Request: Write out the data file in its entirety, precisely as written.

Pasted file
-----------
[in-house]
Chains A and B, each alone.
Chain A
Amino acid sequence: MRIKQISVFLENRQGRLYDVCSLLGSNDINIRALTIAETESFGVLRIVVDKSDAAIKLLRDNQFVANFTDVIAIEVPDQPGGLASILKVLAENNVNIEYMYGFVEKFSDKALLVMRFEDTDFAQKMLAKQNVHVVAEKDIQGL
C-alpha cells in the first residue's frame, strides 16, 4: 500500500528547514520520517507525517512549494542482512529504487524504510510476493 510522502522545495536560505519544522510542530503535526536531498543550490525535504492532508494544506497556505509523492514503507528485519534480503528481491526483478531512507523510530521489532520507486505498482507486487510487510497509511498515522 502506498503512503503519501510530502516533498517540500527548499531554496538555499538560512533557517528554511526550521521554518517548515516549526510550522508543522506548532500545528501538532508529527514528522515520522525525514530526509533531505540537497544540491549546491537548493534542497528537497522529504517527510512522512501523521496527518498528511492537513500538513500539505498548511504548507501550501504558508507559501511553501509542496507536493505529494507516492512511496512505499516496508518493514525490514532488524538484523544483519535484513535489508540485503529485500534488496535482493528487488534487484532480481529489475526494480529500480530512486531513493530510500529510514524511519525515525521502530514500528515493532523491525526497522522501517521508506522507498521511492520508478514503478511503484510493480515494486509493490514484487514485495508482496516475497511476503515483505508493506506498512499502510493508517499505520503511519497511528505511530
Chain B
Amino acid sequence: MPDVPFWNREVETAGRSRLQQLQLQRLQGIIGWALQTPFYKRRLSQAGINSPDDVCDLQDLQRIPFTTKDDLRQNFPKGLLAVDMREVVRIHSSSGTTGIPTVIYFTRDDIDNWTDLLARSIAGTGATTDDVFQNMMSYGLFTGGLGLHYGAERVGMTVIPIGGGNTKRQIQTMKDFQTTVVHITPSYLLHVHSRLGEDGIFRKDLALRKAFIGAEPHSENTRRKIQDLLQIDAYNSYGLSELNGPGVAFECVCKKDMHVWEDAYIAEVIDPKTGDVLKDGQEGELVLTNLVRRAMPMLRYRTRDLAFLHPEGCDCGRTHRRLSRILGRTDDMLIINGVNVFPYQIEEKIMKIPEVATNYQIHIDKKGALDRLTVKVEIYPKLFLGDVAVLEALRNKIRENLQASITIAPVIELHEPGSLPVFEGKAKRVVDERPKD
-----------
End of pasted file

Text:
[in-house]
Chains A and B, each alone.
Chain A
Amino acid sequence: MRIKQISVFLENRQGRLYDVCSLLGSNDINIRALTIAETESFGVLRIVVDKSDAAIKLLRDNQFVANFTDVIAIEVPDQPGGLASILKVLAENNVNIEYMYGFVEKFSDKALLVMRFEDTDFAQKMLAKQNVHVVAEKDIQGL
C-alpha cells in the first residue's frame, strides 16, 4: 500500500528547514520520517507525517512549494542482512529504487524504510510476493 510522502522545495536560505519544522510542530503535526536531498543550490525535504492532508494544506497556505509523492514503507528485519534480503528481491526483478531512507523510530521489532520507486505498482507486487510487510497509511498515522 502506498503512503503519501510530502516533498517540500527548499531554496538555499538560512533557517528554511526550521521554518517548515516549526510550522508543522506548532500545528501538532508529527514528522515520522525525514530526509533531505540537497544540491549546491537548493534542497528537497522529504517527510512522512501523521496527518498528511492537513500538513500539505498548511504548507501550501504558508507559501511553501509542496507536493505529494507516492512511496512505499516496508518493514525490514532488524538484523544483519535484513535489508540485503529485500534488496535482493528487488534487484532480481529489475526494480529500480530512486531513493530510500529510514524511519525515525521502530514500528515493532523491525526497522522501517521508506522507498521511492520508478514503478511503484510493480515494486509493490514484487514485495508482496516475497511476503515483505508493506506498512499502510493508517499505520503511519497511528505511530
Chain B
Amino acid sequence: MPDVPFWNREVETAGRSRLQQLQLQRLQGIIGWALQTPFYKRRLSQAGINSPDDVCDLQDLQRIPFTTKDDLRQNFPKGLLAVDMREVVRIHSSSGTTGIPTVIYFTRDDIDNWTDLLARSIAGTGATTDDVFQNMMSYGLFTGGLGLHYGAERVGMTVIPIGGGNTKRQIQTMKDFQTTVVHITPSYLLHVHSRLGEDGIFRKDLALRKAFIGAEPHSENTRRKIQDLLQIDAYNSYGLSELNGPGVAFECVCKKDMHVWEDAYIAEVIDPKTGDVLKDGQEGELVLTNLVRRAMPMLRYRTRDLAFLHPEGCDCGRTHRRLSRILGRTDDMLIINGVNVFPYQIEEKIMKIPEVATNYQIHIDKKGALDRLTVKVEIYPKLFLGDVAVLEALRNKIRENLQASITIAPVIELHEPGSLPVFEGKAKRVVDERPKD